A school resource officer did not have probable cause to search of a student's backpack and, thus, an air pistol that turned up had to be suppressed in a criminal proceeding, Washington state's highest court has ruled.
A federal appeals court has ruled for the publisher of the Philadelphia Inquirer newspaper in a key battle in a defamation suit brought by a charter school management company.
A Wisconsin school district's use of a Christian church for its high school graduation ceremonies violated the Constitution, a federal appeals court has ruled.
The U.S. Supreme Court has set oral arguments for Oct. 10 in the case challenging race-conscious admissions at the University of Texas at Austin. They will take place smack in the middle of the final weeks of the presidential campaign.
An Education Week story examines the ways the Supreme Court's health-care decision may encourage the states to challenge conditions imposed by federal education laws passed under Congress's spending authority.
A federal appeals court has upheld a South Carolina school district's "released-time" program in which students go off-campus for religious instruction but receive academic credit at their public schools.
The part of the U.S. Supreme Court's historic health-care decision holding that the that the new law's Medicaid expansion was unduly coercive on the states could have implications for federal education spending programs.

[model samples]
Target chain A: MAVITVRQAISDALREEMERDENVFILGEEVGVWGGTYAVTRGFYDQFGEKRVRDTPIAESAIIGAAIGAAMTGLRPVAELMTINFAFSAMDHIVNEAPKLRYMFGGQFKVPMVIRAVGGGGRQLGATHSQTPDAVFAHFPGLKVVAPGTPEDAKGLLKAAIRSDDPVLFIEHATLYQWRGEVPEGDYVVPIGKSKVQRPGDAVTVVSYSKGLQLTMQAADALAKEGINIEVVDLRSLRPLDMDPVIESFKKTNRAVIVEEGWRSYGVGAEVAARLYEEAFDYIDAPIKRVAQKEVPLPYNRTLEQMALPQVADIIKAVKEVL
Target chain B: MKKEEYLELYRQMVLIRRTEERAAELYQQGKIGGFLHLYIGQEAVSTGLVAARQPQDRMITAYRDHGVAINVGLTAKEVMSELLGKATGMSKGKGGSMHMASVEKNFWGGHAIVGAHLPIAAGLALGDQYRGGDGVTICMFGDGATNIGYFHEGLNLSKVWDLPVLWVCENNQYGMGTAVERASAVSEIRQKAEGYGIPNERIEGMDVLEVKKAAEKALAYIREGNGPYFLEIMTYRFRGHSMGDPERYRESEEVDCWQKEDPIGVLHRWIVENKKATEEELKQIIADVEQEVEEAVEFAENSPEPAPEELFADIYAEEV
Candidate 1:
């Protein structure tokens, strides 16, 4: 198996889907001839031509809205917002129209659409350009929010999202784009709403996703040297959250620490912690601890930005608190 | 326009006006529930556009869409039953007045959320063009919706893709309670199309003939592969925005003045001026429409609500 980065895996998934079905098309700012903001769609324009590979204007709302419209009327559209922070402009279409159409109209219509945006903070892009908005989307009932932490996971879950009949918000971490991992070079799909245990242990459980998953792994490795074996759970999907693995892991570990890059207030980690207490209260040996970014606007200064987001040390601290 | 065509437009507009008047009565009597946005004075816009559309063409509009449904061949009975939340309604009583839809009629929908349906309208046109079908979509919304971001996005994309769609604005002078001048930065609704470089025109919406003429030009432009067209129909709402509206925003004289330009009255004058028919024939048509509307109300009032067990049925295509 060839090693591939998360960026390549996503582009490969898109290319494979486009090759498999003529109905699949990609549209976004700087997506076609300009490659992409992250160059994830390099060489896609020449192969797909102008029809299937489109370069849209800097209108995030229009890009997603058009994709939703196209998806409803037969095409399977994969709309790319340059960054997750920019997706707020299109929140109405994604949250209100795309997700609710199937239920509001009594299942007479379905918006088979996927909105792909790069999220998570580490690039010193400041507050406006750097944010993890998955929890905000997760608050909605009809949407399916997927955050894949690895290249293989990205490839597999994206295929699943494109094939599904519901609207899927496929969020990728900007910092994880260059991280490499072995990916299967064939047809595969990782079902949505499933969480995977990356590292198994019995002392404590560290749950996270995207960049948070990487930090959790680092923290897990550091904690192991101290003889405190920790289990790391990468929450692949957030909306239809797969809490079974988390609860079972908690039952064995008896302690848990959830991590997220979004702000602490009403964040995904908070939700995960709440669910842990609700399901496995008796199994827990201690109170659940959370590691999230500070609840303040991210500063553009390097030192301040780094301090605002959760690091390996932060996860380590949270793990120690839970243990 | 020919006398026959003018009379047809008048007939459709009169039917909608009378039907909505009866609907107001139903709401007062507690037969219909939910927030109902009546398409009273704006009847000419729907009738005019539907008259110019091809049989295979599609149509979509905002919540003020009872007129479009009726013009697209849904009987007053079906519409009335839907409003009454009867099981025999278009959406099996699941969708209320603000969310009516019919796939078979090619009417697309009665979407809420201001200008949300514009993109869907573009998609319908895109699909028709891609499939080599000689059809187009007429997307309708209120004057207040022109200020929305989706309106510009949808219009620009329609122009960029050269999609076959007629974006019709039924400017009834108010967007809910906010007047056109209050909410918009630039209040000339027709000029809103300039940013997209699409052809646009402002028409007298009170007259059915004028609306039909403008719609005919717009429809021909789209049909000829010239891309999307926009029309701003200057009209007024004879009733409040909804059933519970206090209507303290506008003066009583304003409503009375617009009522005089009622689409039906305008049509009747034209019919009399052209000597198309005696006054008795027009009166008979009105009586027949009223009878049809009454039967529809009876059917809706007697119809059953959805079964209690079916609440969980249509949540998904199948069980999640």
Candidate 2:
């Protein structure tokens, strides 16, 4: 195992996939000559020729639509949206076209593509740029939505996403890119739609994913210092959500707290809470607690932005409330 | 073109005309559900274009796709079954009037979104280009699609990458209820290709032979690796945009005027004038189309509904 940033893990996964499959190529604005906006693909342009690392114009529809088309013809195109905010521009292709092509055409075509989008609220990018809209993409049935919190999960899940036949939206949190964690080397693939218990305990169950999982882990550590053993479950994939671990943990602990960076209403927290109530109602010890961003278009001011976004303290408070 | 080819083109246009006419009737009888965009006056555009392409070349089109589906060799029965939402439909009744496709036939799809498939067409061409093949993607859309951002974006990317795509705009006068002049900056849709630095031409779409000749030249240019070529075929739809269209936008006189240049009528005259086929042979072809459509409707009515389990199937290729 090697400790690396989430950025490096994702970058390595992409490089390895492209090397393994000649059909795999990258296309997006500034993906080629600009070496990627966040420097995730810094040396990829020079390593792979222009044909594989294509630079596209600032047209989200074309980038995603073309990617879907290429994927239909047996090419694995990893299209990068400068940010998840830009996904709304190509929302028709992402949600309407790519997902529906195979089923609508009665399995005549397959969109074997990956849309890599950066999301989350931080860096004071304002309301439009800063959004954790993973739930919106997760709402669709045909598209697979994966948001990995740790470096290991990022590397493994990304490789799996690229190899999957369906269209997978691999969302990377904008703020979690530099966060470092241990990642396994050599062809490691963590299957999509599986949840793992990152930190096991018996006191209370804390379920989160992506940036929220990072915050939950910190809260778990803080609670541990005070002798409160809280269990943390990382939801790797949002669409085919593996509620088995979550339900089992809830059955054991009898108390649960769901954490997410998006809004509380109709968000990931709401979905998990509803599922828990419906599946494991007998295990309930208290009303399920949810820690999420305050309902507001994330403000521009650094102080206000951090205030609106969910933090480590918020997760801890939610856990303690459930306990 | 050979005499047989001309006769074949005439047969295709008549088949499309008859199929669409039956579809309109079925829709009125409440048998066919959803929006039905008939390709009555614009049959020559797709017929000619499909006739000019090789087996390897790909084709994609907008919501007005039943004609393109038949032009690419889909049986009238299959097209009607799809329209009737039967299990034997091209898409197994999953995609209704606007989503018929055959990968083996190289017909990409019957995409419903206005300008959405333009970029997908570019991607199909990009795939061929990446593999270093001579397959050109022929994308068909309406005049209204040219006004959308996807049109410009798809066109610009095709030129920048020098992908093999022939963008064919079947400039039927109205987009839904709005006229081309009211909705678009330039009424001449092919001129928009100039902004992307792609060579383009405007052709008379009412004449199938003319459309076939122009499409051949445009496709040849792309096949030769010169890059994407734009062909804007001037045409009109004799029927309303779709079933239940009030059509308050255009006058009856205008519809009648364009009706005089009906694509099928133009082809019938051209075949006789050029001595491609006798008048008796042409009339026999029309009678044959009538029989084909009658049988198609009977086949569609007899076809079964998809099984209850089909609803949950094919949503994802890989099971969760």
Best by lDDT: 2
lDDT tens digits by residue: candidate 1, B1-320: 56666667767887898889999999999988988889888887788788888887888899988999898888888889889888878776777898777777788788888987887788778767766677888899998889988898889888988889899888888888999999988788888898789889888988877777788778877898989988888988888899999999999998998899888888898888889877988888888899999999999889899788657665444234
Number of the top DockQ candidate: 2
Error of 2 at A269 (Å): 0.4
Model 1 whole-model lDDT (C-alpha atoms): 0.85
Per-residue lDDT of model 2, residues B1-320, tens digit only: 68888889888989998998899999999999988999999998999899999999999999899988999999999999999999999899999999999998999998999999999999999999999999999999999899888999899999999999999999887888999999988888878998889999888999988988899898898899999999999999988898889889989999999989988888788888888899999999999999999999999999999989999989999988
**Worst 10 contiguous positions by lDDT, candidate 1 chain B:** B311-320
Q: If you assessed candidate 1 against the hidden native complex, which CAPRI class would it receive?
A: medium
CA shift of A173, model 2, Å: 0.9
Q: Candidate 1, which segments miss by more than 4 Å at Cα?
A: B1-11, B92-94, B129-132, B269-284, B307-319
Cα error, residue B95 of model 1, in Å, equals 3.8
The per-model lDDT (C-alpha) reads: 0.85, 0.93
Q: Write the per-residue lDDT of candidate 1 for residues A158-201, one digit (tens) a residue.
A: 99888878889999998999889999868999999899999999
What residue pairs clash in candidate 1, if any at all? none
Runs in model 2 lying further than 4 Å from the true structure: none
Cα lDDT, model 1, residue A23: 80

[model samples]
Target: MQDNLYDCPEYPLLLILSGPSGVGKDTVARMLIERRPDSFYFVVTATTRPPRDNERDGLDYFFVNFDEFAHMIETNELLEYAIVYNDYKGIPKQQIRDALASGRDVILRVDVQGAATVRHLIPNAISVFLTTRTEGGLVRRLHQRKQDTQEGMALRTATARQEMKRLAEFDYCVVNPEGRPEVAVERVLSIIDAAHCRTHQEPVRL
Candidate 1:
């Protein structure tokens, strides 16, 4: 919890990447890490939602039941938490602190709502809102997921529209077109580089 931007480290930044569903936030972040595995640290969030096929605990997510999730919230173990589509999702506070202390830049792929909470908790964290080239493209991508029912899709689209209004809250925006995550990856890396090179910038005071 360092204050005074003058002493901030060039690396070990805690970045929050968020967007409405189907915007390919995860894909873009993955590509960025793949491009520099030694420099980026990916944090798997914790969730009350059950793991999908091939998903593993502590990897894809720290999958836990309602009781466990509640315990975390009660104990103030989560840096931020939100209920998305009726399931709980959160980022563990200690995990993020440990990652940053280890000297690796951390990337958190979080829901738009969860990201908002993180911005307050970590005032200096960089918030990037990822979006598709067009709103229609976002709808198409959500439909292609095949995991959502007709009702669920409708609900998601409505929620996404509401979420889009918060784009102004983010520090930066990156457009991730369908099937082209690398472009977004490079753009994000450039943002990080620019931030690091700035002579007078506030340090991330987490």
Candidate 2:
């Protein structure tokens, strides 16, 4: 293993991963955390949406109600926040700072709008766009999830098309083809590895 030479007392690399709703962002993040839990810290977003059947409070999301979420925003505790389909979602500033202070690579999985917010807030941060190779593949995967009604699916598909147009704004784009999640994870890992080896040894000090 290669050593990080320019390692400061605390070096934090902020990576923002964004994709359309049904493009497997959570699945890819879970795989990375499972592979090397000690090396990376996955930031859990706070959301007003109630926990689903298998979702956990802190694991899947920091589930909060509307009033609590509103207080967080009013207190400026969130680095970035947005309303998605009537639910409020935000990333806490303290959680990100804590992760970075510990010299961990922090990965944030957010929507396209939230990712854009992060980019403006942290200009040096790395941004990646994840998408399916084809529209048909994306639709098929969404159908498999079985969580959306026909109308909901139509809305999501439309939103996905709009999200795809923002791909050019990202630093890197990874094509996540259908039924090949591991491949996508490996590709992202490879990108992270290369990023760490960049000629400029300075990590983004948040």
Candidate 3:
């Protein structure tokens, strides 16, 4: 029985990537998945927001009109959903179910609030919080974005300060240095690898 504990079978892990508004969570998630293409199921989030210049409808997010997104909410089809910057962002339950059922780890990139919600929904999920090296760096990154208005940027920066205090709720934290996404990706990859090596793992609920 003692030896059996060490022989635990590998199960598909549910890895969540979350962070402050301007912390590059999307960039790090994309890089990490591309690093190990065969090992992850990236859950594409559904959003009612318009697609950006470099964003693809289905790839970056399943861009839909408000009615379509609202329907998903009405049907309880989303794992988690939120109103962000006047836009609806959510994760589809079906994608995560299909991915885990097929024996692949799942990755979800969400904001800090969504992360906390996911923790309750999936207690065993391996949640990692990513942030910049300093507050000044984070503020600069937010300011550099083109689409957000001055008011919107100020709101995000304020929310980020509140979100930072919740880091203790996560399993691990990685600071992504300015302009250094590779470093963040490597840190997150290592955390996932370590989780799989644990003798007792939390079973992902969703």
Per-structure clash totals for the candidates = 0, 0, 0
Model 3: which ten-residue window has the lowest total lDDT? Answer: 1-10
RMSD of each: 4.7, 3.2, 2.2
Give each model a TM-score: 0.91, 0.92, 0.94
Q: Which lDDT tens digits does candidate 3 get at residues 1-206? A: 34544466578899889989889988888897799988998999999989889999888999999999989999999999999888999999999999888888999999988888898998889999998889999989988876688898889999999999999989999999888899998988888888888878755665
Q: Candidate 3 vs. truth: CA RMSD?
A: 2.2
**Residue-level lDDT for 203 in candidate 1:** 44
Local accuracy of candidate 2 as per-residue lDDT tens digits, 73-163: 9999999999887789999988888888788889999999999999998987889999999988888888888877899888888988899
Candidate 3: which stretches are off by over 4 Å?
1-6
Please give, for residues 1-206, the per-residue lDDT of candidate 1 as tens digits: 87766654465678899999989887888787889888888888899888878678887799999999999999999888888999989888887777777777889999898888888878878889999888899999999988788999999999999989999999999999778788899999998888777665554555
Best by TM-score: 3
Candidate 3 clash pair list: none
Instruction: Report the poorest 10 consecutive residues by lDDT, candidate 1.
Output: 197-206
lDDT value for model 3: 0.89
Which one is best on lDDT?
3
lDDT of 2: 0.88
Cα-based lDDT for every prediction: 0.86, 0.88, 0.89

With the U.S. Supreme Court ruling Arizona's immigration law in mind, the state of Alabama will soon be filing new legal arguments defending its own law's requirement that schools check the immigration status of new students.
The U.S. Supreme Court refused to hear the appeal of a Virginia high school student who received a long-term suspension for using a "pea-shooter" or "blowgun" to fire tiny plastic BB's during the lunch period. It also declined a case alleging retaliation over teacher speech, but it took up a case involving alleged racial harassment in university employment.
A sharply divided U.S. Supreme Court on Monday ruled that the states may not mandate life-without-parole sentences for juvenile murderers.